Plastic bag nightmare continues

Despite repeated rhetoric by the authorities (March 31, 2007: No leniency in plastic bag ban says Sindh Minister for Environment and Alternative Energy, Dr Saghir Ahmed, April 30, 2007: Drive against plastic bags intensified, city district government claims, March 17, 2007:Plastic bag transportation in and out of the city to be checked says city nazim Mustafa Kamal), it has become increasingly apparent that the environment is the last thing on their agenda. Since the ban against plastic bags below the 30 micron weight limit was put into place last year, both the local city district and provincial governments have come out several times with tall claims about strict enforcement of the ban. Yet we see in practice that their claims couldn’t be further from the truth.

Plastic bags of all hues, sizes and types continue to be used (and abused through) out the city. In fact, I’m pretty sure that most of the average people of the city are not even aware of the regulation that has outlawed them (now in the whole country and not just the province as per a recent resolution passed in the national assembly). Which is where a big part of the problem lies. While government inaction is certainly a major reason behind the failure of the imposition of this ban, public indifference and apathy towards the environmental ill-effects of plastic bags certainly cannot be left out of the equation. Most people in this city simply couldn’t care less about the environment, combine this with the general disdain with we treat laws with and you have situation where almost any ban becomes completely theoretical. Unless people start caring about the environment and realise that they have a social, legal and moral obligation to use and dispose plastic bags in environmentally responsible ways, it will continue to remain immensely hard to enforce such a ban.

At the same time, I also concede that complete eradication of low-quality plastic bags is not something that can be done overnight (especially keeping in mind the need to create alternative jobs for those in the industry), however I also feel that vested interested of certain people may be causing a hindrance in achieving this. The plastic shopping bag industry is the third top revenue generating industry in the country according to a figure quoted by MNA Khawaja Sohail Mansoor, so there needs to be a phased withdrawal and re-employment plan that needs to be conjured up, but we can’t use this an excuse to show lack of political will to make environment a priority. As I have said before, with so many other problems, the government is clearly not giving too much attention to environmental issues, and while I admit that there are more pressing issues then this one, an attitude that takes the environmental for granted is increasingly perilous and may have disastrous consequences for us in the long term.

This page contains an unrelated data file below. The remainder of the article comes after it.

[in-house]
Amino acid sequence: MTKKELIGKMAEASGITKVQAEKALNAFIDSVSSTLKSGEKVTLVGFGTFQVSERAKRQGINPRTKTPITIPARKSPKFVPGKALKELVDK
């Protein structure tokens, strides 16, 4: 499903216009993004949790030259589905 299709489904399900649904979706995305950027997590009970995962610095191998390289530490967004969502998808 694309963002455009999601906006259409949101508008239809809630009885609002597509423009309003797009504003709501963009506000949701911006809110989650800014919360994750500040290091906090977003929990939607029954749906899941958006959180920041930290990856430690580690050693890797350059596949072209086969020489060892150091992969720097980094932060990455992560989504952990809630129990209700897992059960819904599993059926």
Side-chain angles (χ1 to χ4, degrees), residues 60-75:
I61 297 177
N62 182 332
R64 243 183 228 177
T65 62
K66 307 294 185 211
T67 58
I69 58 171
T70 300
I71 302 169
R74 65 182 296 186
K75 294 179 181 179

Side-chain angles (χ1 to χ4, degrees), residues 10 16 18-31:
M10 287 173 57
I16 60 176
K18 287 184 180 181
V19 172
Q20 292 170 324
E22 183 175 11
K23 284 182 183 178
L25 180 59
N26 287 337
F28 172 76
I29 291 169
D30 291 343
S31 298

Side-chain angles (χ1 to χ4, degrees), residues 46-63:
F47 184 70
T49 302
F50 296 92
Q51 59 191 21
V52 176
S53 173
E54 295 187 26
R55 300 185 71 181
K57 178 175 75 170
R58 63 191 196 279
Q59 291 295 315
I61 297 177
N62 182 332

To conclude, I’ll put up a link to this photo of the menace plastic bags create, even in one of the so-called “posh” localities of the city from Flickr user Atrophy. The government, law enforcement agencies and all of us as concerned citizens of the state, should reflect on this. Is this what we want our city to continue to look like? And what sort of environment are we nurturing for our future generations in the process of our indifference to this problem?

See Also: 1 and 2

3 Comments so far

  1. balma on May 5th, 2008 @ 11:58 pm

    Ms. Radvi,
    As usual, a great post. But, what gave you the illusion that Clifton or teen-talwar or whatever is a posh locality? to begin with, the whole area has this stinky smell…..and of coruse, I could continue but then….


  2. bozz on May 6th, 2008 @ 10:08 am

    Frankly darling who gives a damn. Not my words but famous words from the movie Gone with the Wind. However correctly reflecting our society’s attitude. These cursed bags are even banned in Rawanda, but then I stand corrected, who said that we were any better than a miserable back water African country.


  3. barristerakc on May 6th, 2008 @ 10:29 am

    The city government took the issue (regarding banning polythene bags) and I know for the fact that the law was enforced robustly without discrimination right from the magisterial level but that tuned out to be a ‘campaign’ for a specific period of time and not a sustainable effort which would have resulted in not actually targeting the shop keepers but targeting the source (directly) – the manufacturers.

    Let’s just not blame City Government for all the ills and take some responsibility on our selves too. The hurdles is again very basic, ‘poverty’ – apparently when ever law takes its course be it for intellectual property rights or environment, counter argument is: inflation, poverty, lack of employment opportunities and what not.

    Then in a country where 2/3 of Pakistanis is either living under the poverty line or rest living in a hand-to-mouth situation – environment? Seems a bit luxurious? Although on principle your argument is valid but then again – we are not an idealist society.

    Good Post!!!!

    Regards,
    Barrister Ali K.Chishti



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